My crazy bee tale
The craziest thing happened to me yesterday evening. It all started earlier in the week when I visited my bees on Tuesday to give them some sugar syrup as Mike Townsend, local walking bee encyclopedia, instructed me to. Then on Thursday and Friday emails were going round and bee people were twittering that with a particularly bad weekend of weather forecast, beekeepers should continue feeding their bees.
So, yesterday evening after work I donned my bee suit, took my syrup (I opted for a weaker “summer” syrup of 1 pint water to 1lb sugar having chatted to a lady on the BBKA stand at Gardener's World Live yesterday) got in the car and drove to my Beehaus in Leamington Spa. I decided to drive in my beesuit as it's a faff taking my shoes off and zipping myself into it when I'm there. (I'm sure I got a few strange looks as I drove past in my bright orange 'boiler suit'). Anyway, I arrived at the bees. I knew I wanted to be quick because although it wasn't raining the wind was blowing a gale and I didn't want to disturb them too much.
But, before I get into lifting the lid of the Beehaus, I'll explain how I feed the bees. It is very simple really. On top of my Beehaus is a big green lid, when you take that off you have four clearer boards that cover the top of the hive. If you want to feed your bees, you can replace one of the clearer boards with one that has a small oval hole in the middle – about 5cm wide by 10cm long. You take your polythene bag that is full of syrup and prick about 10 little holes in it using a pin and then place this over the hole in the clearer board. The bees will then come up to it and suck the syrup through these little holes. So, all I had to do last night was replace the empty polythene bag with the new one I had brought. Easy Peazy. I just wanted to make sure that I was quick so the bees didn't fly out through the hole in the clearer board – it doesn't matter if they do but the idea is not to cause too much disturbance.
So, I'd pricked my polythene bag and I was ready to swap them. I lifted the lid off the Beehaus and was very pleased to see that they had finished all the syrup from Tuesday. I started to move the bag to swap it, when some bees escaped. I thought to myself, ' wow, I can hear quite a lot of buzzing round my head'. That was about the point I realised that I hadn't zipped the hood on my bee suit!!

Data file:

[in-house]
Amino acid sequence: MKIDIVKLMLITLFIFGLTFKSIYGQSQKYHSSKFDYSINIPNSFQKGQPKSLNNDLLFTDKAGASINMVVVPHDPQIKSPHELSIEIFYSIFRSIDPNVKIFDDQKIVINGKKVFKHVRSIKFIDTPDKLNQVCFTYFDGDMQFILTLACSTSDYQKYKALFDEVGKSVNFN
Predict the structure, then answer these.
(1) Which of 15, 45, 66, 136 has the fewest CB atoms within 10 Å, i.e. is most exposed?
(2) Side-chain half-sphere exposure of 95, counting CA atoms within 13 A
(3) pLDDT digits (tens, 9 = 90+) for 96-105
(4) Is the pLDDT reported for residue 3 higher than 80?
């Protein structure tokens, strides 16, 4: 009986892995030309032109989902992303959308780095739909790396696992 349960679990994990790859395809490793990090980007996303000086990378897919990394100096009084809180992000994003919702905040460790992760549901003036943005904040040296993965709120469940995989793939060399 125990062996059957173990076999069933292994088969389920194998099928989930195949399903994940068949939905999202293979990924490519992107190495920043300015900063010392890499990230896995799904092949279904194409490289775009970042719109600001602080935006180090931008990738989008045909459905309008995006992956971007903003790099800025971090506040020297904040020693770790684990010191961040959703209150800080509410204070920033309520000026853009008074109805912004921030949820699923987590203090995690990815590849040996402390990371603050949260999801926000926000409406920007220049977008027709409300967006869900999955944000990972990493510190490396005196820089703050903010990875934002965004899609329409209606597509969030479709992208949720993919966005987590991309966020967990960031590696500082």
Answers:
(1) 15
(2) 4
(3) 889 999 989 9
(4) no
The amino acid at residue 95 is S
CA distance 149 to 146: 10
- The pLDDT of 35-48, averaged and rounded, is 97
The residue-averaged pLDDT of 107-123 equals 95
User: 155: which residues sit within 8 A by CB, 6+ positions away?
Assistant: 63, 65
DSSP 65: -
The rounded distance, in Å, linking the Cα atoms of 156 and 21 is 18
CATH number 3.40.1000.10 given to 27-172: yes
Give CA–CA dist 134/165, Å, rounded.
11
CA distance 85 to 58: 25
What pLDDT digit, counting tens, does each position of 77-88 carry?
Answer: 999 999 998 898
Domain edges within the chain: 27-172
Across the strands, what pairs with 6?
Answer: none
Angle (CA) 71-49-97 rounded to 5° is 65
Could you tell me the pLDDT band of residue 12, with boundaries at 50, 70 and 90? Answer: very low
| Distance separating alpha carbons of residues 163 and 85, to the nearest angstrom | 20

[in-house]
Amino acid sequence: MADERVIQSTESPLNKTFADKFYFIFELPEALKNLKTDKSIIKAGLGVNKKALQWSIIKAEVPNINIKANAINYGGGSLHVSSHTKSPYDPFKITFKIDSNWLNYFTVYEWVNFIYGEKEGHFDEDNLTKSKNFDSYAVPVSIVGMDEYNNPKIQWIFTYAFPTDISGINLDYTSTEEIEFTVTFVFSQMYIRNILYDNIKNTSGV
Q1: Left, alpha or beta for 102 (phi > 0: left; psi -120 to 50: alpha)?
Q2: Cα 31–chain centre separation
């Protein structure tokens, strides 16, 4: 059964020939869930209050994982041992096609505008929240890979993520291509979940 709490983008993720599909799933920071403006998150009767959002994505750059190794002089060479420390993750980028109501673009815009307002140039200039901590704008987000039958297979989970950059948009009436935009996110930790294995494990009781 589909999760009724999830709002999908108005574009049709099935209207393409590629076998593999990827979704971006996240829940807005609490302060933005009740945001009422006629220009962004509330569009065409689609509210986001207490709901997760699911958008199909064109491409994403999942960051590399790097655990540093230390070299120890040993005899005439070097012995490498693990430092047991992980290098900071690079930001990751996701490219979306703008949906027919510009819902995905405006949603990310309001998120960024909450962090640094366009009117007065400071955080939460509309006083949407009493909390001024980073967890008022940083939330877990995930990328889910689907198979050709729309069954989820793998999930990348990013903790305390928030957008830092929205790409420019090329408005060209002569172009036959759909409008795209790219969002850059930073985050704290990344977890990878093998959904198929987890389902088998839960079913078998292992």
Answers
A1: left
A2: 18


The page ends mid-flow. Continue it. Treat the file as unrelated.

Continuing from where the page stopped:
I didn't want to panic and start running around like a mad banshee flailing my arms about. Instead, I calmly put the empty bag over the hole with my hive tool on top so the opening was closed and walked away from the hive. I walked about 10 or so steps but kept hearing this one bee round my head. I thought that it may be in my hair, which was in a low ponytail. I undid my hair and shook it out (I have quite long hair). When the buzzing stopped, I put my hair back in a high ponytail and pulled it through in a sort of bunch on top of my head (ladies, you'll know what I mean).
I then zipped myself in and calmly walked back to the hive, took the empty polythene bag away and quickly replaced it with the full bag making sure the little pin pricks were located over the hole in the clearer board, put the lid back on and walked away. I then went into the house to say hi to Sarah, Ian and Lina, our friend who was visiting. I chatted for awhile then got in my car and drove home. At home I had a cup of tea and mooched around for a bit before having a shower as I was going out for a curry with some of the ladies from Regency Runners.
I was in my bedroom and took my hair out of its bunch. I was running my fingers through my hair when I heard this buzz. I didn't see the bee fly out from my hair but it must have done. It immediately flew to the bedroom window in an attempt to escape. I couldn't believe it – I'd carried this bee in my hair from the hive and had been walking around with it for over 30 minutes. I went downstairs, picked up a glass and a bit of post from the kitchen counter and went to the window to trap my bee. I then let it loose outside the back door where it quickly buzzed off.
Although the bee escaped it is a bitter sweet ending because I'm really not sure the little bee would have been able to find its way back to the Beehaus. I know that bees can fly up to 2 miles away from the hive (I think that's what I learnt) when they go out foraging but I live 2.6 miles away from Sarah and Ian's garden.
Later last night, when I relayed my story to one of my friends, they asked why I didn't take the bee back home. Perhaps I should have. I could have asked the taxi driver who drove me into Leamington to drop the little bee at home first before he dropped me at the bar...